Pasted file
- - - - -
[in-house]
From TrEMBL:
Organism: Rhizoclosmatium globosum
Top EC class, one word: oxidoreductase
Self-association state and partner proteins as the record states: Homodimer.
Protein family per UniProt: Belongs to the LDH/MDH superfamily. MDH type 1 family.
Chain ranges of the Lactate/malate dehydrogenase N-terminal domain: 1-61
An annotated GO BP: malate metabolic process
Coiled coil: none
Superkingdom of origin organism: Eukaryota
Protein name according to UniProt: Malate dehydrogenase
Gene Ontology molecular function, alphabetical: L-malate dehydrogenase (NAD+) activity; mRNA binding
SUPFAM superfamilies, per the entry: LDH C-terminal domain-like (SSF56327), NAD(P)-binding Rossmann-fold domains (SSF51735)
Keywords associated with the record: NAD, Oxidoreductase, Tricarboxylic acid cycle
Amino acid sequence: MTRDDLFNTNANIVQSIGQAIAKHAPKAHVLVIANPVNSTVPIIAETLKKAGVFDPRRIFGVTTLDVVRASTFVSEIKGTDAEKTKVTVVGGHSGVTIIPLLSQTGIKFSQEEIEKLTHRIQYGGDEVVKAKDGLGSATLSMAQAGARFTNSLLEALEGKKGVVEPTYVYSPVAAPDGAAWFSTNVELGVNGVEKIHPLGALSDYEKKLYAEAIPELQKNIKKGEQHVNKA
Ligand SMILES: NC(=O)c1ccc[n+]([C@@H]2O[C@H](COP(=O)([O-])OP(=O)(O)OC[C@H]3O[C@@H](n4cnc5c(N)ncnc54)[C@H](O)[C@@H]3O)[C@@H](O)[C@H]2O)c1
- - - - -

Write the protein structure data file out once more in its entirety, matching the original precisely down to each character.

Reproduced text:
[in-house]
From TrEMBL:
Organism: Rhizoclosmatium globosum
Top EC class, one word: oxidoreductase
Self-association state and partner proteins as the record states: Homodimer.
Protein family per UniProt: Belongs to the LDH/MDH superfamily. MDH type 1 family.
Chain ranges of the Lactate/malate dehydrogenase N-terminal domain: 1-61
An annotated GO BP: malate metabolic process
Coiled coil: none
Superkingdom of origin organism: Eukaryota
Protein name according to UniProt: Malate dehydrogenase
Gene Ontology molecular function, alphabetical: L-malate dehydrogenase (NAD+) activity; mRNA binding
SUPFAM superfamilies, per the entry: LDH C-terminal domain-like (SSF56327), NAD(P)-binding Rossmann-fold domains (SSF51735)
Keywords associated with the record: NAD, Oxidoreductase, Tricarboxylic acid cycle
Amino acid sequence: MTRDDLFNTNANIVQSIGQAIAKHAPKAHVLVIANPVNSTVPIIAETLKKAGVFDPRRIFGVTTLDVVRASTFVSEIKGTDAEKTKVTVVGGHSGVTIIPLLSQTGIKFSQEEIEKLTHRIQYGGDEVVKAKDGLGSATLSMAQAGARFTNSLLEALEGKKGVVEPTYVYSPVAAPDGAAWFSTNVELGVNGVEKIHPLGALSDYEKKLYAEAIPELQKNIKKGEQHVNKA
Ligand SMILES: NC(=O)c1ccc[n+]([C@@H]2O[C@H](COP(=O)([O-])OP(=O)(O)OC[C@H]3O[C@@H](n4cnc5c(N)ncnc54)[C@H](O)[C@@H]3O)[C@@H](O)[C@H]2O)c1